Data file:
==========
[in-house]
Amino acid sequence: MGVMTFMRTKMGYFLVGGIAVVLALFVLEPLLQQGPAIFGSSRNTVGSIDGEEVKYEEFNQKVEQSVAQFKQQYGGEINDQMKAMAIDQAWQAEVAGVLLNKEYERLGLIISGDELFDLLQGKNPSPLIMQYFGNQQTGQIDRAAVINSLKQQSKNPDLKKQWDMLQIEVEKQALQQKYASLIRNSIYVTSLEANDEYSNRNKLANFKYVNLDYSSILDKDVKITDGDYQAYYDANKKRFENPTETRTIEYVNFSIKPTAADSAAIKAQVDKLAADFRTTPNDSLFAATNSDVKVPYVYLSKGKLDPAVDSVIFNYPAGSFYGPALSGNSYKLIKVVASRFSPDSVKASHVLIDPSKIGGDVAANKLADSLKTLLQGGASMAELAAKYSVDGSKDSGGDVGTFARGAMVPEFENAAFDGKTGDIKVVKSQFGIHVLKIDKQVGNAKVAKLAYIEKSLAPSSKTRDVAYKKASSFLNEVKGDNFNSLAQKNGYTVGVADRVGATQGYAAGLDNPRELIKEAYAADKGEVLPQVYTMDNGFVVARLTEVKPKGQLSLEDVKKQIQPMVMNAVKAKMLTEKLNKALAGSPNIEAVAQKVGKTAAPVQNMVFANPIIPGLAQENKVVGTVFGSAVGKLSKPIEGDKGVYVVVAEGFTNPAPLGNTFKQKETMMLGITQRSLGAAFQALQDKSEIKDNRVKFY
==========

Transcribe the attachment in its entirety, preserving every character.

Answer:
[in-house]
Amino acid sequence: MGVMTFMRTKMGYFLVGGIAVVLALFVLEPLLQQGPAIFGSSRNTVGSIDGEEVKYEEFNQKVEQSVAQFKQQYGGEINDQMKAMAIDQAWQAEVAGVLLNKEYERLGLIISGDELFDLLQGKNPSPLIMQYFGNQQTGQIDRAAVINSLKQQSKNPDLKKQWDMLQIEVEKQALQQKYASLIRNSIYVTSLEANDEYSNRNKLANFKYVNLDYSSILDKDVKITDGDYQAYYDANKKRFENPTETRTIEYVNFSIKPTAADSAAIKAQVDKLAADFRTTPNDSLFAATNSDVKVPYVYLSKGKLDPAVDSVIFNYPAGSFYGPALSGNSYKLIKVVASRFSPDSVKASHVLIDPSKIGGDVAANKLADSLKTLLQGGASMAELAAKYSVDGSKDSGGDVGTFARGAMVPEFENAAFDGKTGDIKVVKSQFGIHVLKIDKQVGNAKVAKLAYIEKSLAPSSKTRDVAYKKASSFLNEVKGDNFNSLAQKNGYTVGVADRVGATQGYAAGLDNPRELIKEAYAADKGEVLPQVYTMDNGFVVARLTEVKPKGQLSLEDVKKQIQPMVMNAVKAKMLTEKLNKALAGSPNIEAVAQKVGKTAAPVQNMVFANPIIPGLAQENKVVGTVFGSAVGKLSKPIEGDKGVYVVVAEGFTNPAPLGNTFKQKETMMLGITQRSLGAAFQALQDKSEIKDNRVKFY